YOU ARE HERE: LAT HomeCollections


Conventional Partisanship Is in Full Sail


SAN DIEGO — The photo of Jack Kemp was missing from its place of honor in Msgr. Joe Carroll's cluttered office Saturday morning. Already, San Diego's indefatigable advocate for the homeless had sent the portrait of Bob Dole's running mate out to be enlarged.

We visited Carroll as we began what will be our daily chronicle of the convention you won't see on television. Carroll, who runs a nationally known program that provides meals, shelter, counseling, job training and health care to the homeless and the working poor, was plainly thrilled about the selection of Kemp as the Republican vice presidential candidate.

Carroll's headquarters is two miles from the convention center, in a largely Latino neighborhood. To get there, you pass a tortilla factory, a tire outlet and several liquor stores. This is the inner city that Carroll thinks Kemp can help save.

"He opens up the big tent to the forgotten," Carroll said. "The poor have gotten a voice."


Enthusiasm for Kemp was just as strong in the back room of the Fish Market, a popular waterside restaurant and delegate hangout. As word spread about Kemp's selection, a few of Sacramento's most powerful lobbyists celebrated.

"We were going to have a little party for Kemp this week, but now it will be a big one," said Bill Campbell, president of the California Manufacturers Assn.

The joy of the lobbyists and the priest are examples of Kemp's all-encompassing style. He has a blue-collar heart and an old union card to prove it. Thirteen years a National Football League quarterback, he was also a leader of the players' union.

Still, his low-tax economic philosophy and ex-jock style make him a business favorite. The unanswered question: Will this unusual combination turn off his party's hard-line ideologues?


They've been doing it since 1872, and Saturday afternoon the National Republican Glee Club was at it again in the lobby of the Marriott Hotel. Their song: "Bob Dole is the Guy" (to the tune of "Hey, Look Me Over"). Catchiest lines: "For he will plug the loopholes, not pull the cork. Balance the budget, cut out lots of pork."


Breakfast with Diane and Richard Freeman and 250 other San Diego County Republicans: They had turned out to hear R. Emmett Tyrrell Jr., the editor of the American Spectator magazine, promote his contribution to the growing list of anti-Bill Clinton books, "Boy Clinton."

The Freemans, from Rancho Santa Fe, seemed less than excited to be seated across from journalists. "We were warned about you," Diane said.

This is a common feeling here. Richard said he knew the media were biased. Two years ago, Diane saw a network news crew taping Clinton as he played golf with O.J. Simpson. (This seemed improbable, but we called the Del Mar Country Club and confirmed it.) Weeks later, Simpson was on trial for murder, but the golf footage was not broadcast. The Freemans were incredulous.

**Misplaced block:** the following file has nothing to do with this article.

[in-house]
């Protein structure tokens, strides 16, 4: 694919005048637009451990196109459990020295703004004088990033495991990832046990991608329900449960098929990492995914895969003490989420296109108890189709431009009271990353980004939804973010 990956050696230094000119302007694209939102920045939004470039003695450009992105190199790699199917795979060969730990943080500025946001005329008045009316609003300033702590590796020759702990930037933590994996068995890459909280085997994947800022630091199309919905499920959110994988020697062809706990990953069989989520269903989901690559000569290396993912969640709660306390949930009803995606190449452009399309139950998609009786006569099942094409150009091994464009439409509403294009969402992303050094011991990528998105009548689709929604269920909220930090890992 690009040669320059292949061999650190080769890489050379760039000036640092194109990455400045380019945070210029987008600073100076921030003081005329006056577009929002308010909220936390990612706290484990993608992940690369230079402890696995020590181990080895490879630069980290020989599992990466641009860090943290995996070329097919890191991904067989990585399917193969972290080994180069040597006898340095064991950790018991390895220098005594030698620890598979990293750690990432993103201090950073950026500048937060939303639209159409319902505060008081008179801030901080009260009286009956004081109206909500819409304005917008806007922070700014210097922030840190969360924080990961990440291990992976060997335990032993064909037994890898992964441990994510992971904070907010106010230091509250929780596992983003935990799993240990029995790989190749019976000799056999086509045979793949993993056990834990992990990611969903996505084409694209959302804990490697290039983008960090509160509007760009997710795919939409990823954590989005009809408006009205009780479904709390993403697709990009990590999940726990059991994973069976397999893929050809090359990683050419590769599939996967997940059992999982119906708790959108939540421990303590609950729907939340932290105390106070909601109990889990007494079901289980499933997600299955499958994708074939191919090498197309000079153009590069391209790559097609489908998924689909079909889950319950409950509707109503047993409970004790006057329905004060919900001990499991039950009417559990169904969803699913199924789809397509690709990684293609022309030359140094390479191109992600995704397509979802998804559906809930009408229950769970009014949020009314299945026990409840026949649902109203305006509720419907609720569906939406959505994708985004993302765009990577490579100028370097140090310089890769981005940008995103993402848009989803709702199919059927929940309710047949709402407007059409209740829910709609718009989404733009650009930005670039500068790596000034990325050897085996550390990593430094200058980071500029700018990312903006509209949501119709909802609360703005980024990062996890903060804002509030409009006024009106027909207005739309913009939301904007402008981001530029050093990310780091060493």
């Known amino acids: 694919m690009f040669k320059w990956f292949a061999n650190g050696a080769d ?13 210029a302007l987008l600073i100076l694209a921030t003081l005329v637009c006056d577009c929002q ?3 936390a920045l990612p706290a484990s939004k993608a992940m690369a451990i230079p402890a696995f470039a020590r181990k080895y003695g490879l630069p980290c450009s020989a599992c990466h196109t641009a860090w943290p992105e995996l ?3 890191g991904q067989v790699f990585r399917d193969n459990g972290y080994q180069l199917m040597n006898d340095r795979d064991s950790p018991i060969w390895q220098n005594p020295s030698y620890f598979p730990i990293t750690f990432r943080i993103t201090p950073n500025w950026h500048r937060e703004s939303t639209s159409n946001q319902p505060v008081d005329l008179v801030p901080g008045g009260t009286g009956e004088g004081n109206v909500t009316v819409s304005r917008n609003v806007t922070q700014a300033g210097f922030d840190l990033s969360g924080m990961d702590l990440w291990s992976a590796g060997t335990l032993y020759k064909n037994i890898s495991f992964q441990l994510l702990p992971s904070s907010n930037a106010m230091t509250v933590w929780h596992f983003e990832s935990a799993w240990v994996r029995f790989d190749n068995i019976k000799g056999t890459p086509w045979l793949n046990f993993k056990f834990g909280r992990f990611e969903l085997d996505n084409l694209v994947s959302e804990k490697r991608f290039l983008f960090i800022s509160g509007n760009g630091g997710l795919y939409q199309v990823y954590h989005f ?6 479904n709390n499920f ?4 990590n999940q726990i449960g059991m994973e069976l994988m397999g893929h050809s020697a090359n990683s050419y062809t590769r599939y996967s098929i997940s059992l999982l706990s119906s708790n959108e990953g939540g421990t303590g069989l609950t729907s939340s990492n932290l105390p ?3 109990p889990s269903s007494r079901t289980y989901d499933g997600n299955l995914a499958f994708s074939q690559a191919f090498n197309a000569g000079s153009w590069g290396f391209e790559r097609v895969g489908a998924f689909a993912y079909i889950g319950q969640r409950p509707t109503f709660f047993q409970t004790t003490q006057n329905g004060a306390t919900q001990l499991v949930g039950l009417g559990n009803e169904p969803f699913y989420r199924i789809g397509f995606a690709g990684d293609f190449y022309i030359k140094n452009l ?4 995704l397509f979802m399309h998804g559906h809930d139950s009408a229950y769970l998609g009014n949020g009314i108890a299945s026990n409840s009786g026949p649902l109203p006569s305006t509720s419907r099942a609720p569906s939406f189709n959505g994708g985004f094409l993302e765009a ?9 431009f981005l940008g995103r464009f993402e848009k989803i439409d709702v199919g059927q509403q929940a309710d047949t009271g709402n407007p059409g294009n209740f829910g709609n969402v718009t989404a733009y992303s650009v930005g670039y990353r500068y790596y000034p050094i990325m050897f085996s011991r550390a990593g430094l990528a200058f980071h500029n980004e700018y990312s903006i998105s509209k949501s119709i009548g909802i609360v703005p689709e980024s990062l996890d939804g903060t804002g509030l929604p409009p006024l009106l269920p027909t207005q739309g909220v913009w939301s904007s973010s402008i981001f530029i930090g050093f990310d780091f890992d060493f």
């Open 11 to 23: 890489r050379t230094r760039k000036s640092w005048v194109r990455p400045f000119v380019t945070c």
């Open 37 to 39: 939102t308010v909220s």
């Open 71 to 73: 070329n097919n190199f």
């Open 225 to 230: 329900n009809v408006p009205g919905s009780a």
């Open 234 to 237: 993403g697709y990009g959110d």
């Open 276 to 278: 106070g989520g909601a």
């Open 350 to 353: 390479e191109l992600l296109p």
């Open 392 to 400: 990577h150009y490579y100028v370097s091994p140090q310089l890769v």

We suggested the TV people might have felt the golf game was irrelevant to the story of the murders. No, Richard replied, they "covered up that video."


Republican pro-choice women, disappointed in their party platform, are calling the inclusion of their views about abortion at the end of the document "the Neil Armstrong appendix." Explained Lynn Grefe, political director of the Republican Pro-Choice PAC, "One giant step for the Republican party. One very, very small step for choice."


A lot of convention-related events are more commercial than political. Johnston & Murphy's presidential shoe tour, for example, features the footwear of 12 former presidents (Abraham Lincoln's black chukka boot, Ronald Reagan's classic cap toe).

Tiffany's had a more elegant version of the same gimmick: a lavish party to promote their collection of historic American jewelry (and, of course, the other pricey items in the store). Tiffany's exemplifies Republican entrepreneurism: Its founder started the business by selling off surplus pieces of the first trans-Atlantic cable.

At a display case we encountered a plain-spoken woman from rural Arkansas, Mildred Hoffman, the state's GOP national committeewoman.

Hoffman examined the gems as a harpist played and waiters passed out champagne and orange juice and dainty hors d'oeuvres of quiche and caviar. Hoffman, like us, seemed accustomed to more solid fare.

But she was more interested in blasting Clinton than in eating.

"I don't think he's trustworthy," she said. Her disdain for Clinton was personal as well as political. "We live in a resort area in northern Arkansas and they put a prison there, 300 or 400 prisoners," she said. "It's 10 miles from our place."

She asked if we'd ever been to Arkansas. We said no.

"It's a nice state," she said. "It doesn't deserve [its] reputation."

Los Angeles Times Articles